They believed salsa held medicinal value as well. “The Spanish first encountered the tomato after their conquest of Mexico in 1519-1521. Sahagun was the first European to make written note of “tomates.” He claimed Aztec lords combined them with chile peppers and ground squash seeds and consumed them mainly as a condiment served on turkey, venison, lobster, and fish. This combination was subsequently called “salsa” by Alonso de Molina in 1571.” That’s according to Andrew F. Smith in his book, Souper Tomatoes: The Story of America’s Favorite Food. Recently, I learned something surprising from Jim Ullrich, one of the owners of Anna’s Unlimited, the producers Ana’s Salsa. He says, salsa has now surpassed ketchup as the number one condiment in the United States. Salsa on fries? Ummm.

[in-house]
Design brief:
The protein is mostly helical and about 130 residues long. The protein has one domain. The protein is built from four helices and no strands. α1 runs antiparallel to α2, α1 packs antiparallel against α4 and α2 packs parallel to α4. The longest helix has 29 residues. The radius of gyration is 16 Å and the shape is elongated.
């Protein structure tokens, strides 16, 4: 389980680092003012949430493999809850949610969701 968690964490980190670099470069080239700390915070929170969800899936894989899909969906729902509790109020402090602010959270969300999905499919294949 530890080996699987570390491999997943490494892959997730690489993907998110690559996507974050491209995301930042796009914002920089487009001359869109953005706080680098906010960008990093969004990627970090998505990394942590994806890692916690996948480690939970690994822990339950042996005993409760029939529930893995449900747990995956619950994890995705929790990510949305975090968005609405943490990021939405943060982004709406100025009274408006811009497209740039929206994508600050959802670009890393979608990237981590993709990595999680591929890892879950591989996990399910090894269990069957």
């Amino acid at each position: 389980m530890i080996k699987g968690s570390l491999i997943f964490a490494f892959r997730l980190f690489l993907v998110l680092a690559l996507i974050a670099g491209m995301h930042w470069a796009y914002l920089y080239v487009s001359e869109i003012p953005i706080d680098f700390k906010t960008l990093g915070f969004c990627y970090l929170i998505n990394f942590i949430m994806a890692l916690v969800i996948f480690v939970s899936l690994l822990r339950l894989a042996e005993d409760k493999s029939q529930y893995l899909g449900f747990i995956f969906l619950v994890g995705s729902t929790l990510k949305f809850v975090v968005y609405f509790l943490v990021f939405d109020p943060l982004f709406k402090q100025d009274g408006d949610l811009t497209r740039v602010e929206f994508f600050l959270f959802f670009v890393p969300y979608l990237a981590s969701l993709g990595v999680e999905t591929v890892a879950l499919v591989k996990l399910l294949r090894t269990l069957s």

Fajitas are anything but Mexican. Once again, John Mariani has an explanation. “The word derives from the Spanish faja, for “girdle” or “strip” and describes the cut of meat itself. There has been much conjecture as to the fajita’s origins, though none has been documented. Grilling skirt steak over mesquite coals would be characteristic of Texas cooking since the days when beef became a dominant meat in the American diet. But the word “fajita” did not appear in print until 1975. In 1984, Homero Recio, of Texas A & M, obtained a fellowship to study the origins of the item. He concluded two years later, ironically, it was his grandfather, a butcher from Premont, Texas, who may have been the first to use the term “fajita” to describe the pieces of skirt steak cooked directly on mesquite coals for family dinners as far back as the 1930s. Recio also hypothesized that the first restaurant to serve fajitas–though under the name “botanzas” (appetizers)–was the Roundup in McAllen, Texas. But Sonny “Fajita King” Falcon claimed to have opened the first “fajita stand” in Kyle, Texas, and in 1978 a “Fajita King” stand in Austin. The popularity of the dish certainly grew after Ninfa Laurenza introduced it on her menu at Ninfa’s Restaurant in Houston Texas, on July 13, 1973. It was under the name “tacos al carbon,” The item flourished as a “fajita” after it was featured at the Austin Hyatt Regency Hotel, which by 1982 was selling thirteen thousand orders per month.”